Item #1845 [PHOTOBOOK ON PROLETARIAN MARTYRS] Rasstrel Ivanovskikh tkachei 23-go avgusta 1915 g. Literaturno-khodozhestvennyi albom [i.e. Shooting Ivanovo Weavers on August 23, 1915. Literary and Artistic Album]
[PHOTOBOOK ON PROLETARIAN MARTYRS] Rasstrel Ivanovskikh tkachei 23-go avgusta 1915 g. Literaturno-khodozhestvennyi albom [i.e. Shooting Ivanovo Weavers on August 23, 1915. Literary and Artistic Album]
[PHOTOBOOK ON PROLETARIAN MARTYRS] Rasstrel Ivanovskikh tkachei 23-go avgusta 1915 g. Literaturno-khodozhestvennyi albom [i.e. Shooting Ivanovo Weavers on August 23, 1915. Literary and Artistic Album]

[PHOTOBOOK ON PROLETARIAN MARTYRS] Rasstrel Ivanovskikh tkachei 23-go avgusta 1915 g. Literaturno-khodozhestvennyi albom [i.e. Shooting Ivanovo Weavers on August 23, 1915. Literary and Artistic Album]

Ivanovo-Voznesensk: Reklamprovintsiia, [1924]. Item #1845

14 ll.: ill. 15x23 cm. In original illustrated wrappers with unknown monogram. Pale water stain on back cover, ink student organizer on last two leaves, otherwise very good.

Rare early Soviet provincial photobook published on the memory of pre-revolutionary workers.
Ivanovo-Voznesensk located most textile enterprises of Russia – both in pre-revolutionary and in Soviet periods. The city was also known as Russian Manchester. Ivanovo-Voznesensk strikes were mass strikes of factory workers that began in the 1870s and gradually became increasingly widespread. The main reason for the mass protests was the difficult situation of ordinary workers: low wages and heavy working conditions. In the early 20th century, most weavers’ walkouts were initiated by Bolsheviks. One of such workers’ strikes was launched on August 10, 1915 [or August 23, according to the post-revolutionary calendar]. During it, military troops shot 30 workers and crippled about 58 people. In the Soviet Union, the victims became proletarian martyrs and the place was proclaimed a revolutionary city sight. In 1924, coffins with murdered strikers were moved from a cemetery to a park near the Prikazny bridge, where the bloody event occurred. In 1934, this bridge was demolished and a valley was filled in for construction of a tram line.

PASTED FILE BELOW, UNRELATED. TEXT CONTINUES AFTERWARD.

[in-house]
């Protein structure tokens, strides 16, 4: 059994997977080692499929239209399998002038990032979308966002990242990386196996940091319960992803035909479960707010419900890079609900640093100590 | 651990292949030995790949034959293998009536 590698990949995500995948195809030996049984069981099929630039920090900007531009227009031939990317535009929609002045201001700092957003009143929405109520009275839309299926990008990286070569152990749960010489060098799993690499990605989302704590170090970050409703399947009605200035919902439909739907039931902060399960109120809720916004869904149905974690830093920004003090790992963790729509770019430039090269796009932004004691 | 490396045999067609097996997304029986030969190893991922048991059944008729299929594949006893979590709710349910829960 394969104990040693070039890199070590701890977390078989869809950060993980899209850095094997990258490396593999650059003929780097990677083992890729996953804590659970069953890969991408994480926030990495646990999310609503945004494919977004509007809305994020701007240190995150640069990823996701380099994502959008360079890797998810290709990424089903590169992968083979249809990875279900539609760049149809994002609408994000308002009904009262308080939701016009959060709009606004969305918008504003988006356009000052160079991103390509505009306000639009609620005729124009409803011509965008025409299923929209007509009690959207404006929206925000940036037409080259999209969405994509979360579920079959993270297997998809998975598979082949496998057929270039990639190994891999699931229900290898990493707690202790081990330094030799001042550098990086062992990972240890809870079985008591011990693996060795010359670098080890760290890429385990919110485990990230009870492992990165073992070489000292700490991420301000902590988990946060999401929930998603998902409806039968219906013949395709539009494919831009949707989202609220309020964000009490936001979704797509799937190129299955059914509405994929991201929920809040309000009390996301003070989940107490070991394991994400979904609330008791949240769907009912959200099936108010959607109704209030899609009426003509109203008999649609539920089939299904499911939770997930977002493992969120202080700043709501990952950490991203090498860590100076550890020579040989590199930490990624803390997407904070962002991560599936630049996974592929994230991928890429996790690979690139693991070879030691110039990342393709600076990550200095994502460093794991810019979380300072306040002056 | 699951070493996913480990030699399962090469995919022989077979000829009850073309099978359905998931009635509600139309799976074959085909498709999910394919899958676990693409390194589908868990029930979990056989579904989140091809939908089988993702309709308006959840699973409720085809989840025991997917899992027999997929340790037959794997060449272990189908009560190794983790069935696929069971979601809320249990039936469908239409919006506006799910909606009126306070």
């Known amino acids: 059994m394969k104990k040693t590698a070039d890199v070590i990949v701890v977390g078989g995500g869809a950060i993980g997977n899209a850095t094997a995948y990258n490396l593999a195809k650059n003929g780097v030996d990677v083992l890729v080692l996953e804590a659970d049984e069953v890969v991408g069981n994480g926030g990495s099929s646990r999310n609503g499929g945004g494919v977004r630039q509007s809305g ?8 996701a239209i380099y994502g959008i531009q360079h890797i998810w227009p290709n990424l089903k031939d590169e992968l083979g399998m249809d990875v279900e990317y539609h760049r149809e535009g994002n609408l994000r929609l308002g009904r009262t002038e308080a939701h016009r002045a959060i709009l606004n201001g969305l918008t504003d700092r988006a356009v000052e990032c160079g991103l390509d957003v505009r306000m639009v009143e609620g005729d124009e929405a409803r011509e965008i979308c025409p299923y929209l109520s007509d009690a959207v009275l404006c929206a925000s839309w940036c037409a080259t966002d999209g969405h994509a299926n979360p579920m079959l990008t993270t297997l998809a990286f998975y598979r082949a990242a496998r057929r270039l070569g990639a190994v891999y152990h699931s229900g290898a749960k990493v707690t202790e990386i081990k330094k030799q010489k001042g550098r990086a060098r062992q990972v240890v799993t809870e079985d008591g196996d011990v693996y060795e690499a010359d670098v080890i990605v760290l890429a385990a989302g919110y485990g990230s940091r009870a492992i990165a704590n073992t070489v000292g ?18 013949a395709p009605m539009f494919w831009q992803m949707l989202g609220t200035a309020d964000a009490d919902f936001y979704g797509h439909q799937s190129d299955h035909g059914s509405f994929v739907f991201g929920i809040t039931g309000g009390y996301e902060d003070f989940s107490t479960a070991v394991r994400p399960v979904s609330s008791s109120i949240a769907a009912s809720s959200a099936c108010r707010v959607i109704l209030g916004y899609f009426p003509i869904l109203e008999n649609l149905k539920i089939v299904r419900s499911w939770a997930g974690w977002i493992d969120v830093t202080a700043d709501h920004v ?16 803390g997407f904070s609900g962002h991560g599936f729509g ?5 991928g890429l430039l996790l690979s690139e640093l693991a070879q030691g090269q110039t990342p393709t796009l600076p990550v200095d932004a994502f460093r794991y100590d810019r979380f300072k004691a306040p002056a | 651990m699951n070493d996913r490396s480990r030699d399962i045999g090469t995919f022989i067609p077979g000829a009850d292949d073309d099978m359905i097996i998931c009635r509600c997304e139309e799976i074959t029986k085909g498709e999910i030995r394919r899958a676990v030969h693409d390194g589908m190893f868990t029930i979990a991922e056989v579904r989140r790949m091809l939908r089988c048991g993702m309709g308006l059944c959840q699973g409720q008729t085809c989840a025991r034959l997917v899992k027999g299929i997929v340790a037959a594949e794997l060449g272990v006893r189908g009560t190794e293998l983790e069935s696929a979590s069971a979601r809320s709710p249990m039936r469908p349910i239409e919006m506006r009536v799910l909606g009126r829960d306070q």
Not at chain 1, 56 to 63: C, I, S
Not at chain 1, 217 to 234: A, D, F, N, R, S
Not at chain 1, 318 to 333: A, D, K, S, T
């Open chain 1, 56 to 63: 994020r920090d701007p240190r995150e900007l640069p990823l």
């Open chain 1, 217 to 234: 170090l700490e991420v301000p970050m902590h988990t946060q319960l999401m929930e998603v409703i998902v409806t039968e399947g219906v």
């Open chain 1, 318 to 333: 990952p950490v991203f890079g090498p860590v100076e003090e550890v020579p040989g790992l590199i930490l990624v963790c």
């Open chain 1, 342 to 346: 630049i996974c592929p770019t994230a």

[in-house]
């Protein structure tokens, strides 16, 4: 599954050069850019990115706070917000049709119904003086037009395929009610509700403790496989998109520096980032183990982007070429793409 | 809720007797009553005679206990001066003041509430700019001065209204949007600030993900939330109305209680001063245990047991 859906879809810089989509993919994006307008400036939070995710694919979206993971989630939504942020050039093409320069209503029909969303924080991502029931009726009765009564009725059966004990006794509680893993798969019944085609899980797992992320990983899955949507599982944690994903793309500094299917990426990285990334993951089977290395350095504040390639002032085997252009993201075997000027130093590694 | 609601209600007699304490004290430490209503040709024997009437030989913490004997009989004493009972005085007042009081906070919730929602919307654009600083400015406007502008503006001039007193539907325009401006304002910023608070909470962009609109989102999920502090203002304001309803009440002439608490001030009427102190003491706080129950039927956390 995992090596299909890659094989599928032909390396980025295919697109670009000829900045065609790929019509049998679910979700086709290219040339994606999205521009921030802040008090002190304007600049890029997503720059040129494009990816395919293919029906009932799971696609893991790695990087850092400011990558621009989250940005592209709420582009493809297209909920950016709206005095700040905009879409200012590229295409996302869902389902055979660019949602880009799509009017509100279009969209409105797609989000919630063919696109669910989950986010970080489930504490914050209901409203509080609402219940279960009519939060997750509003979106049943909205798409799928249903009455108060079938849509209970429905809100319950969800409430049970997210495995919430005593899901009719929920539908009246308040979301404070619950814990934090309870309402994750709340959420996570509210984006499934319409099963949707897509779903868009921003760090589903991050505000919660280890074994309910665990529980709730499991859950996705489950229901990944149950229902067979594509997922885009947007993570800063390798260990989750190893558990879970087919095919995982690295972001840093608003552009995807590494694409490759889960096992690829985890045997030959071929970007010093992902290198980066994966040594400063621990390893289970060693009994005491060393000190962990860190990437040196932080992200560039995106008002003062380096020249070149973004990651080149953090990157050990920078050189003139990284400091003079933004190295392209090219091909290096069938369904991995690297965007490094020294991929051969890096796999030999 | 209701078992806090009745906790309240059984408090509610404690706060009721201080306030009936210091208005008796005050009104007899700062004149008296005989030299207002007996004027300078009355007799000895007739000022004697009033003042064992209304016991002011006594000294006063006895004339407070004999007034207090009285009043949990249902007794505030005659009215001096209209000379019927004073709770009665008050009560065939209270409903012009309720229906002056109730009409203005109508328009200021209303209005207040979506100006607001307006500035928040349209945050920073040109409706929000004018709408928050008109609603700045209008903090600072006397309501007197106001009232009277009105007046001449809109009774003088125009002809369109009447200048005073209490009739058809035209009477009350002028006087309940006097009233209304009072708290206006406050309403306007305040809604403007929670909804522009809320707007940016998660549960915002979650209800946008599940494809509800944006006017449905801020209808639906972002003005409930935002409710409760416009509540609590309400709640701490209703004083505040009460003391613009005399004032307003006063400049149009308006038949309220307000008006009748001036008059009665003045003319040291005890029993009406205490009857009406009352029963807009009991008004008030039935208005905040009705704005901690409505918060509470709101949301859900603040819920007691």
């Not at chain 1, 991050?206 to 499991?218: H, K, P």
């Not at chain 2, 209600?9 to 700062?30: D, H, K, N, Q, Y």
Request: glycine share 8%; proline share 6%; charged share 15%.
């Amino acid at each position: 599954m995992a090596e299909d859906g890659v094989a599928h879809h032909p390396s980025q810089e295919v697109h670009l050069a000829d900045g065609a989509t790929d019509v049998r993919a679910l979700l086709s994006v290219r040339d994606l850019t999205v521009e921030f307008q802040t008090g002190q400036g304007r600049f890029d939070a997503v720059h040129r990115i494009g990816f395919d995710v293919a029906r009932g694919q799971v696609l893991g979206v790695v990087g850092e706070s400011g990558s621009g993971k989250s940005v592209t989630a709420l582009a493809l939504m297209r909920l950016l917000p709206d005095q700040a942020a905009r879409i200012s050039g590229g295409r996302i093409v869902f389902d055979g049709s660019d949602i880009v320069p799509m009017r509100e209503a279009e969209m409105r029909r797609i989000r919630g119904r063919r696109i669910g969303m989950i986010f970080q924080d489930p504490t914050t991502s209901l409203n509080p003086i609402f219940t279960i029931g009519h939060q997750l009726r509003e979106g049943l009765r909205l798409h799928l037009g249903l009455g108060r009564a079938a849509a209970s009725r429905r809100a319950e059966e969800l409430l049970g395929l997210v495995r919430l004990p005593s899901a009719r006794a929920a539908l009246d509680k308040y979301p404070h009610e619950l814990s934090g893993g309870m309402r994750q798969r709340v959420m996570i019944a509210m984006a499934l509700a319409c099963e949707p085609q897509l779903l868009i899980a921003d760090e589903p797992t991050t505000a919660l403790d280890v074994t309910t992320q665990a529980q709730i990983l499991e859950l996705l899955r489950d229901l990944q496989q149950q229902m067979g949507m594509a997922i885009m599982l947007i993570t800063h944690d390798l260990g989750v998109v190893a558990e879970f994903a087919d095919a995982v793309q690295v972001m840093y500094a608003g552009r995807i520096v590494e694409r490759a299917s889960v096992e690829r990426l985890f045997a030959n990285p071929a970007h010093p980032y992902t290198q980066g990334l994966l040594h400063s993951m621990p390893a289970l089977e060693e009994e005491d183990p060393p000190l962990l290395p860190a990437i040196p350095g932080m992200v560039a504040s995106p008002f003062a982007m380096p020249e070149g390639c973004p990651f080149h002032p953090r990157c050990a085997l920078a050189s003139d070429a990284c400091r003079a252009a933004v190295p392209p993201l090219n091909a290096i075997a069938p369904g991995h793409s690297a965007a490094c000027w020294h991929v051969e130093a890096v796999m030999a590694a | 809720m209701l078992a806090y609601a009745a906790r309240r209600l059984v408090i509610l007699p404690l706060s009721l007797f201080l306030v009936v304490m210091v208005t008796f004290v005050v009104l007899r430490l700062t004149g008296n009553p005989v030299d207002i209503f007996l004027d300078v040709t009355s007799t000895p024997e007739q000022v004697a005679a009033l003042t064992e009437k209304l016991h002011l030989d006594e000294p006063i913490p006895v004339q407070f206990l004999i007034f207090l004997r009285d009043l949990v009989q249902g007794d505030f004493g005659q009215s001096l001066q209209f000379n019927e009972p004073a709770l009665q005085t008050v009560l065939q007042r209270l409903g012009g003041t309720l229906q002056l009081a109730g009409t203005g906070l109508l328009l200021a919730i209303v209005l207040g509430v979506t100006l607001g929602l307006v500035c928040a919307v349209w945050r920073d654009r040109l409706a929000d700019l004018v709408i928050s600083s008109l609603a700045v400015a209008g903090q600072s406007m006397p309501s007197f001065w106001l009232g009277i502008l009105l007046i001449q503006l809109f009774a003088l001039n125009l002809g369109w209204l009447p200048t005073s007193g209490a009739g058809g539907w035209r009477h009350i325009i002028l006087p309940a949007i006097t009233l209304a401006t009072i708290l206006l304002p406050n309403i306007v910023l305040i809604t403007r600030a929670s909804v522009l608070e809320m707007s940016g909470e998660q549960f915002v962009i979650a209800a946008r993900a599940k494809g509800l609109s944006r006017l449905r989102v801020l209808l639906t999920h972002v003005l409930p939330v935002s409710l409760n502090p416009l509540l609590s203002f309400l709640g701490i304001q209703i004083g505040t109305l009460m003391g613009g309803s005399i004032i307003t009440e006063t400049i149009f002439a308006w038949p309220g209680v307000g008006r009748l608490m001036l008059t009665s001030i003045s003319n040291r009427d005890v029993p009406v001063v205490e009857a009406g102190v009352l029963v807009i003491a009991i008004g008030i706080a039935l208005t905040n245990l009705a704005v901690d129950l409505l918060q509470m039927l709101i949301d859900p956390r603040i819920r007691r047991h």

The album contains documents about the attack of workers by authorities, a linocut illustration on it, early Soviet photographs and a poem. Photographs show the 1924 funeral procession carrying coffins, the All-People Funeral of 1924 and viewers watching the event from housetops. Also, a photograph of five authorities involved are reproduced: a merchant, policemen, a court officer. A list of names of the murdered also determines their factories.

Copies are located in Princeton University and NYPL.

Price: $550.00

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